Y2K? It was all just a big bun-fight, according to one Reg reader
Are those currants compliant? WELL ARE THEY?
Y2K Welcome to Y2K, The Register's Christmas gift to those that missed the insanity of all those years ago, and those who remember it all too well.
Today's tale comes from a reader we'll call "Bill" and is a reminder of just how silly things got back in the day, as Y2K paranoia swept the nation.
Bill had taken early retirement from a career in Oceanography, switched gears, and was running a family bakery in Liverpool.
Recalling the days fondly, Bill told us: "We had a few wholesale customers, including the country estate of a national retail emporium we might call Largefields, since that was not its name."
The directors of "Largefields" used the property to entertain favoured guests from time to time, to indulge in what Bill described as "healthy country pursuits." We're guessing huntin', shootin' and fishin' – anything from which a 'g' might be stripped and a Land Rover Defender added.
To support these endeavours, Largefields would order "a vanload of our handmade Eccles cakes," said Bill, "I assume that they felt that these comestibles went well with the shotguns and brandy, or whatever."
For the uninitiated, an Eccles cake, named for the English town of "Eccles", is a delicious cake baked with currants and flaky pastry. The small, round parcel of delight is also often topped with some demerara sugar, although we understand that the things are available without such a topping. Such a variation is an abomination in the eyes of this hack, but your mileage may vary.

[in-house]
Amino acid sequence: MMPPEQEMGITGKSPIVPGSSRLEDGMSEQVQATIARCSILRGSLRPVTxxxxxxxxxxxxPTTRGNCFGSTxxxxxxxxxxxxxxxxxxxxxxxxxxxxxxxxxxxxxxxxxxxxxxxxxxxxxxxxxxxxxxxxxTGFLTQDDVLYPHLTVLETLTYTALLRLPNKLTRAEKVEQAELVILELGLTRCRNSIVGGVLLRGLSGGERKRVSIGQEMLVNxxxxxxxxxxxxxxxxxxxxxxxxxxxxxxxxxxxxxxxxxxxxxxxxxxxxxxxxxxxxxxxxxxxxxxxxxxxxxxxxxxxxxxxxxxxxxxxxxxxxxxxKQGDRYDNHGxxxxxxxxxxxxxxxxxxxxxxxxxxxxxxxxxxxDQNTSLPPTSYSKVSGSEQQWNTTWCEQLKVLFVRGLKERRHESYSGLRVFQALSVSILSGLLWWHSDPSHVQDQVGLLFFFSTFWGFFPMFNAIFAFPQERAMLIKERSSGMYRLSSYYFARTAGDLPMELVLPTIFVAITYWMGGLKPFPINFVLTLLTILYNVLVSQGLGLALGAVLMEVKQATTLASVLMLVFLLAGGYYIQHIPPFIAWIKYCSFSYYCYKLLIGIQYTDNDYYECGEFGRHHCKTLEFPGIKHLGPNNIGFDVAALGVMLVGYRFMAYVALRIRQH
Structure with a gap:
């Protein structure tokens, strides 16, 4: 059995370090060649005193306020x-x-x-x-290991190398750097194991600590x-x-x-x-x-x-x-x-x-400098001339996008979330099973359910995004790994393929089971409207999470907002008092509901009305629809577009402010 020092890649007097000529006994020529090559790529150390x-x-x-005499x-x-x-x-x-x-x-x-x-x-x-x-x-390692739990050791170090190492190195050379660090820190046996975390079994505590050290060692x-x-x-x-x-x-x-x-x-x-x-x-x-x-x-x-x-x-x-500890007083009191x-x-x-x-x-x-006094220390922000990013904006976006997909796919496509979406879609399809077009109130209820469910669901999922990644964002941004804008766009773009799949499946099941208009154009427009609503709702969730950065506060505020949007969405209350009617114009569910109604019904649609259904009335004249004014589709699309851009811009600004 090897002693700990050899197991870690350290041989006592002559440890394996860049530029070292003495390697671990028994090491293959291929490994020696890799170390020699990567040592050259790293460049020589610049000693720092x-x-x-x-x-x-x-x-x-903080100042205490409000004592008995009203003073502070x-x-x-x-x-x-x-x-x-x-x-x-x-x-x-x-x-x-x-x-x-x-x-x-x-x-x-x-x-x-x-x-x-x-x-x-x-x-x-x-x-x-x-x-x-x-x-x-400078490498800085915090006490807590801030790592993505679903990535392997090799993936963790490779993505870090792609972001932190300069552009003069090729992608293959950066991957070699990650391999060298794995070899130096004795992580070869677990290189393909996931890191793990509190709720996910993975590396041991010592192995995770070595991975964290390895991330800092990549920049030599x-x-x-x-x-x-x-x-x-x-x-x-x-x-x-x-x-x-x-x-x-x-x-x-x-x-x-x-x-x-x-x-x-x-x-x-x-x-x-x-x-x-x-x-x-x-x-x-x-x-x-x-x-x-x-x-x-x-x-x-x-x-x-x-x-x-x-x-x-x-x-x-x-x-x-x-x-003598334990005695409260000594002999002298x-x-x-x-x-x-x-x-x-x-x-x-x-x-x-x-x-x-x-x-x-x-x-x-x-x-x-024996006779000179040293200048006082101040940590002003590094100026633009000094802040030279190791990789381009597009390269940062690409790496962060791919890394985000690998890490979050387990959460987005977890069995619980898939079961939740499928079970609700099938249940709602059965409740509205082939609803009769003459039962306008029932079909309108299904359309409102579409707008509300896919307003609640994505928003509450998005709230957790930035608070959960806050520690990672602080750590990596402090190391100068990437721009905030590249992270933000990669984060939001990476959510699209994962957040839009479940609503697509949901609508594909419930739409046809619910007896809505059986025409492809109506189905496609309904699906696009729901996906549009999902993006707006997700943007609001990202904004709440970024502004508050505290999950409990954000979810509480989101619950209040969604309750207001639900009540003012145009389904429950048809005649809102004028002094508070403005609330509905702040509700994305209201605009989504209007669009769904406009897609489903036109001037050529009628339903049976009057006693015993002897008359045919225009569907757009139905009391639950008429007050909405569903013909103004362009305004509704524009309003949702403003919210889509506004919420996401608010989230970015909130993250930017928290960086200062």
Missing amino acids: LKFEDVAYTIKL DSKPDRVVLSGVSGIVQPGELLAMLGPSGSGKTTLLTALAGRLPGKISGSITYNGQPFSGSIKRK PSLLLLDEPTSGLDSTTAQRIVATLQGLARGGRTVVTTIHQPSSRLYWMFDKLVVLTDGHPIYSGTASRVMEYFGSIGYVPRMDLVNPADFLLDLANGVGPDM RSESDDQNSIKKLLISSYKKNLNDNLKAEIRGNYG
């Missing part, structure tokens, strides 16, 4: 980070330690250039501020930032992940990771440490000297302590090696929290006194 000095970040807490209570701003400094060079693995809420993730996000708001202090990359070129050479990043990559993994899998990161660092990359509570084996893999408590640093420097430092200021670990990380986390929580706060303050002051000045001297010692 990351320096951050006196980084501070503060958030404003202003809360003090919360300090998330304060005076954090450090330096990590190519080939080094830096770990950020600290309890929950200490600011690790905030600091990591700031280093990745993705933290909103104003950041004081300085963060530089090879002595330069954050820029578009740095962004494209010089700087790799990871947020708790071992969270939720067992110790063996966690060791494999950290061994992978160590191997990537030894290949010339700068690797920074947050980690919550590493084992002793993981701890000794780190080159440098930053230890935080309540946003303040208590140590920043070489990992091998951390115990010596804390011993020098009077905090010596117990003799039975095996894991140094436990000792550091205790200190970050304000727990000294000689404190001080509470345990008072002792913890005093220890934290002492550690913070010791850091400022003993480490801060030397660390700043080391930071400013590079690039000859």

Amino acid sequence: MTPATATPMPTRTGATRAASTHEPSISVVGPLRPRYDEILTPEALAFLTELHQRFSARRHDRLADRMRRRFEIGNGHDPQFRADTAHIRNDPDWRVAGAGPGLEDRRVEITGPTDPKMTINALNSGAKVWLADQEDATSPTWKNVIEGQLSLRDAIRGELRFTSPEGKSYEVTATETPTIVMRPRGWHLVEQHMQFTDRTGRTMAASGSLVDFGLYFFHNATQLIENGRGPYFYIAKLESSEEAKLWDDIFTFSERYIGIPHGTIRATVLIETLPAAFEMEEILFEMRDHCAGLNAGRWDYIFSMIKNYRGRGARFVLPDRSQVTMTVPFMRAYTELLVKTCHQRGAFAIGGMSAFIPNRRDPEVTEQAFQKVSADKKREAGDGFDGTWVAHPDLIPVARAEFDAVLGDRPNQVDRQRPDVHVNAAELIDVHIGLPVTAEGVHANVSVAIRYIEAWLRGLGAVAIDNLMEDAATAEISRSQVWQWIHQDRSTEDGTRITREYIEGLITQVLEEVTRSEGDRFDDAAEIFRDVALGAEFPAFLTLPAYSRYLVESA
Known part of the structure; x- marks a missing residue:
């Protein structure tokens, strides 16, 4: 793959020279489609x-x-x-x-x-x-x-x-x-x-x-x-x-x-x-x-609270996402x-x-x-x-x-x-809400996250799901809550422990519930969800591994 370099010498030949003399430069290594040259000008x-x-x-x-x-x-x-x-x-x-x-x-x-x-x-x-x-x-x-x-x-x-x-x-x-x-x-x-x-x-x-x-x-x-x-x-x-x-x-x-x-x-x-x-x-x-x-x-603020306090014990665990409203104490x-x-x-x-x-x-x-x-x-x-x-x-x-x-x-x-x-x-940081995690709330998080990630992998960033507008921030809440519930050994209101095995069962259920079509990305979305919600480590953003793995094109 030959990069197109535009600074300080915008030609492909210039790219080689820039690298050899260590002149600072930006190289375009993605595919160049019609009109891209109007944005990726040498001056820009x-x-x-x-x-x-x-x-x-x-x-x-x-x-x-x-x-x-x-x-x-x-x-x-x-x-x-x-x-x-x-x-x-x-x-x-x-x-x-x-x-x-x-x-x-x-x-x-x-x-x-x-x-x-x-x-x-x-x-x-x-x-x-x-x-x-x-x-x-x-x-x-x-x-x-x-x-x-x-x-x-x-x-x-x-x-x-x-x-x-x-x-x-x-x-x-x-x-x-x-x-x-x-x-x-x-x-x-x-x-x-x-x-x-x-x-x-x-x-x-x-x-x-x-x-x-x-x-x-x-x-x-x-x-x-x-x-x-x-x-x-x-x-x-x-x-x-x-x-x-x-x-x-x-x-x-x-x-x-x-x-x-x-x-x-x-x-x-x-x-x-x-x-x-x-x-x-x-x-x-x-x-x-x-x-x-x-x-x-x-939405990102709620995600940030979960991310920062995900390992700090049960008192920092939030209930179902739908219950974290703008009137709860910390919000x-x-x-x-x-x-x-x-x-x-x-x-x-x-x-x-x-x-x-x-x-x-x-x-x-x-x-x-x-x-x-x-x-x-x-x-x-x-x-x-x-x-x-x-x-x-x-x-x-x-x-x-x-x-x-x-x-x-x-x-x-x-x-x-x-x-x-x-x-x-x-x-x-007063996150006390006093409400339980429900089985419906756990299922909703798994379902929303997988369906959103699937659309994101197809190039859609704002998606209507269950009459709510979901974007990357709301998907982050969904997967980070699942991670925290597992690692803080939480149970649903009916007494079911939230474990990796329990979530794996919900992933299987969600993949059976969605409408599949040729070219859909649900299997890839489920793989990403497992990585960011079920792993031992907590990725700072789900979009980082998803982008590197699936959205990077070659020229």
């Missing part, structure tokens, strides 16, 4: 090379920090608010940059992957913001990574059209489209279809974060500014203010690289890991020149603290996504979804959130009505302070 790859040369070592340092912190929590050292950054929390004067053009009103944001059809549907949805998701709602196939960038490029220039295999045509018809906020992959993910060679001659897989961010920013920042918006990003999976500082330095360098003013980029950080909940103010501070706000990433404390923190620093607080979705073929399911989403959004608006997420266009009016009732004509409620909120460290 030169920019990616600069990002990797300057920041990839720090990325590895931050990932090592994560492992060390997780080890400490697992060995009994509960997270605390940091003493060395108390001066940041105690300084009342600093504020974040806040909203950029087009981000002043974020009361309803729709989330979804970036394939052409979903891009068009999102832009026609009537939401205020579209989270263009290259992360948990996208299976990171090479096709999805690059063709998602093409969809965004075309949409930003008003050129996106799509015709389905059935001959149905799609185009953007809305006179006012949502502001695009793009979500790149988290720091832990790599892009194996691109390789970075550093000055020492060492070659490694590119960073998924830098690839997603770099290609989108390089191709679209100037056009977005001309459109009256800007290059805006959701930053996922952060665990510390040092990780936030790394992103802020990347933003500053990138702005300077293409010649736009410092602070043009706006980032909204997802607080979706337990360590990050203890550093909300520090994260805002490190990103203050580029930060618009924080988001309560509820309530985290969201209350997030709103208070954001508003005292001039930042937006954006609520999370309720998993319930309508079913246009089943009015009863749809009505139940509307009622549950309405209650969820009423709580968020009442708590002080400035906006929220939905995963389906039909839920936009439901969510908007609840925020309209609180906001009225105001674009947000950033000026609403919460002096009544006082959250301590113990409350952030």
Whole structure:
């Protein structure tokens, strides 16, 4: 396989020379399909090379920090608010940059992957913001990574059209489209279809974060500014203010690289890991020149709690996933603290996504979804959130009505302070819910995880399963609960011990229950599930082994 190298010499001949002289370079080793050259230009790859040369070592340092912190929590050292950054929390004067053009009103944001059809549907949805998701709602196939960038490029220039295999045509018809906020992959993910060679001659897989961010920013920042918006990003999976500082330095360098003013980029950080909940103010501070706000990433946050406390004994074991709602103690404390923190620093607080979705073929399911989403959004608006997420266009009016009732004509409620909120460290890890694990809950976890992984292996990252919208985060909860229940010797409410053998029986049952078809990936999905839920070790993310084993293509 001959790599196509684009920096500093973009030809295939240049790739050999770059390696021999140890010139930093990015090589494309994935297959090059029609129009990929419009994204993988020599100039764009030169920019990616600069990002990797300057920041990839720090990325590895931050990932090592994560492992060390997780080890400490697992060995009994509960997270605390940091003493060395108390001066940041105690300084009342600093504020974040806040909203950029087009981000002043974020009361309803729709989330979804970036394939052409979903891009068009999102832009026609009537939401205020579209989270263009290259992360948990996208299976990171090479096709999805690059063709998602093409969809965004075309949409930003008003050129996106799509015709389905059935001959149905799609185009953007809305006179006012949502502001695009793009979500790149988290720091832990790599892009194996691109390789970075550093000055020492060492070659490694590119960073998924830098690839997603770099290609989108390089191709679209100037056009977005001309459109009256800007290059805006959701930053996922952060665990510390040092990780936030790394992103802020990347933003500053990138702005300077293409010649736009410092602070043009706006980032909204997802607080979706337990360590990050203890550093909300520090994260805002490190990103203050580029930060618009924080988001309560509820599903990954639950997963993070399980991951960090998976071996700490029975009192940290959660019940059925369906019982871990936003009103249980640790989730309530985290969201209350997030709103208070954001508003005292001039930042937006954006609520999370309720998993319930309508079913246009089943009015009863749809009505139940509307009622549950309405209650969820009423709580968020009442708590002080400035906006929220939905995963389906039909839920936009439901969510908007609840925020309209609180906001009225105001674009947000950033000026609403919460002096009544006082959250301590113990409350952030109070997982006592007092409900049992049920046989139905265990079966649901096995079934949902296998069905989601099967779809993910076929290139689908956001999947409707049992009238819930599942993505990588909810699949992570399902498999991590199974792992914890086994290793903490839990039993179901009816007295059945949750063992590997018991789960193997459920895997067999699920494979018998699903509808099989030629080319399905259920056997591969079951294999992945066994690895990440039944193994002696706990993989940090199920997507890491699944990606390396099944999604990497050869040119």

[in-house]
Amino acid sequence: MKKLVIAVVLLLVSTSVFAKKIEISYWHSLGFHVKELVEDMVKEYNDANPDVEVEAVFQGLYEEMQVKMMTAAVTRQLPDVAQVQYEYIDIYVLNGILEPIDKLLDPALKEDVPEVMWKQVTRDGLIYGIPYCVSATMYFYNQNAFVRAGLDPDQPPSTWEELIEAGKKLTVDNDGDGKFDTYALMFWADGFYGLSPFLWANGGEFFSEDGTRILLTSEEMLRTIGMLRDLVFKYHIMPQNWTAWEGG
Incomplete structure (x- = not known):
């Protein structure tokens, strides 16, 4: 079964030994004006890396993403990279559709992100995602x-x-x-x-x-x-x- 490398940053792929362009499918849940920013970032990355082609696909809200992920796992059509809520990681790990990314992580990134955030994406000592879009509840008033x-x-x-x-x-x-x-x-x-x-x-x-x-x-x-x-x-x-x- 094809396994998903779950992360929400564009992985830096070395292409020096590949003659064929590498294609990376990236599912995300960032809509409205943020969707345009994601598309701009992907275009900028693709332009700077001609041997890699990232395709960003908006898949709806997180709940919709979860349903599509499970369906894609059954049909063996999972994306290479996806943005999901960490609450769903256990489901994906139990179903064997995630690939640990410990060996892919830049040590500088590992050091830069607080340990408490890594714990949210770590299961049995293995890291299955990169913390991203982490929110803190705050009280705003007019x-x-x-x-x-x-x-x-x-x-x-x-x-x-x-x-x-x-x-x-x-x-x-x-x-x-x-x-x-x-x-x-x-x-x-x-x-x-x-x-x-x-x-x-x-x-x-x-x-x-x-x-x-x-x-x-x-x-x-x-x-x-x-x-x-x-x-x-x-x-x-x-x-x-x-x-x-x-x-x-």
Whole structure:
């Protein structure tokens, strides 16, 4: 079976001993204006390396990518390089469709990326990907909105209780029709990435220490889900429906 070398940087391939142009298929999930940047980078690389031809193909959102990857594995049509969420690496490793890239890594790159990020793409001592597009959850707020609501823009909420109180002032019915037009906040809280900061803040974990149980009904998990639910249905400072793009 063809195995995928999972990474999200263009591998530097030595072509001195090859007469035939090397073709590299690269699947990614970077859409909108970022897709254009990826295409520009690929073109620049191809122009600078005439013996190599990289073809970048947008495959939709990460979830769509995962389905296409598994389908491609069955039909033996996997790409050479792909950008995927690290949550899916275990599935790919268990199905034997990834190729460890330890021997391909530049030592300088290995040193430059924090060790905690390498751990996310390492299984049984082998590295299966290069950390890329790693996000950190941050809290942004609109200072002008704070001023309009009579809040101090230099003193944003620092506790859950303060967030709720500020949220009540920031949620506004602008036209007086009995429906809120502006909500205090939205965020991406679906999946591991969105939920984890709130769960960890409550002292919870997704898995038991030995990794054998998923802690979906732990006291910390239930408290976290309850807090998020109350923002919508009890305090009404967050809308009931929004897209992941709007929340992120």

We are, of course, not referring to the Goon Show character "Mad" Dan Eccles, played by the much-missed Spike Milligan (and occasionally Peter Sellers) back in the 1950s. That would be silly.
"Silly" is also a word that could used to describe the IT team of Largefields, who sent a letter to Bill "asking me to guarantee that every item we supplied was warranted to be 'fully Y2K compliant'."
Bill looked at the Eccles cakes. The Eccles cakes looked back.
"After a conscientious audit of our bakers I was able to reply that all we supplied was Eccles cakes, and that since they were made using only 'traditional fully decimal digital technology', I was completely sure that they could be guaranteed to perform just as well after the impending digital armageddon."
Largefields opted not to send in the auditors to check that the cakes wouldn't explode or spontaneously turn into Bath buns as the clocks ticked over. In fact, Bill heard no more on the matter.
"Later on I was told unofficially the matter had provided a moment of levity in what at the time was apparently rather a fraught atmosphere in their IT department."
We imagine more than one harassed IT professional was considering a career change amid the hysteria of the time. The world of the Eccles cake spoke of simpler times. ®